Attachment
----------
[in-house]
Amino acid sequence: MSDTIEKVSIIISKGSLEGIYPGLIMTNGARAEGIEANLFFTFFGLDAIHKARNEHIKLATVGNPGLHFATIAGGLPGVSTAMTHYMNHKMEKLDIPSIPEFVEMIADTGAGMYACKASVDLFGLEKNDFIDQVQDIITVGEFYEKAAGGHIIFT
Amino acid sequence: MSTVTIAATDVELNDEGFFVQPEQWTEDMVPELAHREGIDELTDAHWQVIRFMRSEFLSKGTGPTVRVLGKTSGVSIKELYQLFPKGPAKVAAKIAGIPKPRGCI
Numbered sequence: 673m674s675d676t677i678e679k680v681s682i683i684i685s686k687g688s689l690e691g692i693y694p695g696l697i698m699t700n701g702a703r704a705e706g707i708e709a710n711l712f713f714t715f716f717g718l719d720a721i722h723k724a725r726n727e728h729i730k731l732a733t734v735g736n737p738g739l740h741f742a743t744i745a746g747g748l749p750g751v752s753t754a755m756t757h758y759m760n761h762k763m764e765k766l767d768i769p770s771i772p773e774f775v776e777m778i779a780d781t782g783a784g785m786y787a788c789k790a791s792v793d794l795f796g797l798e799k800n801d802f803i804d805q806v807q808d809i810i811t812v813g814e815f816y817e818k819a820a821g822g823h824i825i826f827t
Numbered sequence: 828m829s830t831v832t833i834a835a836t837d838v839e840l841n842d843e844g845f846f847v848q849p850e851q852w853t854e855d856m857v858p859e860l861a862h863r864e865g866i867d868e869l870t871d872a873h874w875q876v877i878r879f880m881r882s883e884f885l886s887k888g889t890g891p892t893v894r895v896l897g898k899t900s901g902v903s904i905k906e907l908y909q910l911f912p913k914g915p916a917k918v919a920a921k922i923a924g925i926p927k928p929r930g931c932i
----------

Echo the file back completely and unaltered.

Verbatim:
[in-house]
Amino acid sequence: MSDTIEKVSIIISKGSLEGIYPGLIMTNGARAEGIEANLFFTFFGLDAIHKARNEHIKLATVGNPGLHFATIAGGLPGVSTAMTHYMNHKMEKLDIPSIPEFVEMIADTGAGMYACKASVDLFGLEKNDFIDQVQDIITVGEFYEKAAGGHIIFT
Amino acid sequence: MSTVTIAATDVELNDEGFFVQPEQWTEDMVPELAHREGIDELTDAHWQVIRFMRSEFLSKGTGPTVRVLGKTSGVSIKELYQLFPKGPAKVAAKIAGIPKPRGCI
Numbered sequence: 673m674s675d676t677i678e679k680v681s682i683i684i685s686k687g688s689l690e691g692i693y694p695g696l697i698m699t700n701g702a703r704a705e706g707i708e709a710n711l712f713f714t715f716f717g718l719d720a721i722h723k724a725r726n727e728h729i730k731l732a733t734v735g736n737p738g739l740h741f742a743t744i745a746g747g748l749p750g751v752s753t754a755m756t757h758y759m760n761h762k763m764e765k766l767d768i769p770s771i772p773e774f775v776e777m778i779a780d781t782g783a784g785m786y787a788c789k790a791s792v793d794l795f796g797l798e799k800n801d802f803i804d805q806v807q808d809i810i811t812v813g814e815f816y817e818k819a820a821g822g823h824i825i826f827t
Numbered sequence: 828m829s830t831v832t833i834a835a836t837d838v839e840l841n842d843e844g845f846f847v848q849p850e851q852w853t854e855d856m857v858p859e860l861a862h863r864e865g866i867d868e869l870t871d872a873h874w875q876v877i878r879f880m881r882s883e884f885l886s887k888g889t890g891p892t893v894r895v896l897g898k899t900s901g902v903s904i905k906e907l908y909q910l911f912p913k914g915p916a917k918v919a920a921k922i923a924g925i926p927k928p929r930g931c932i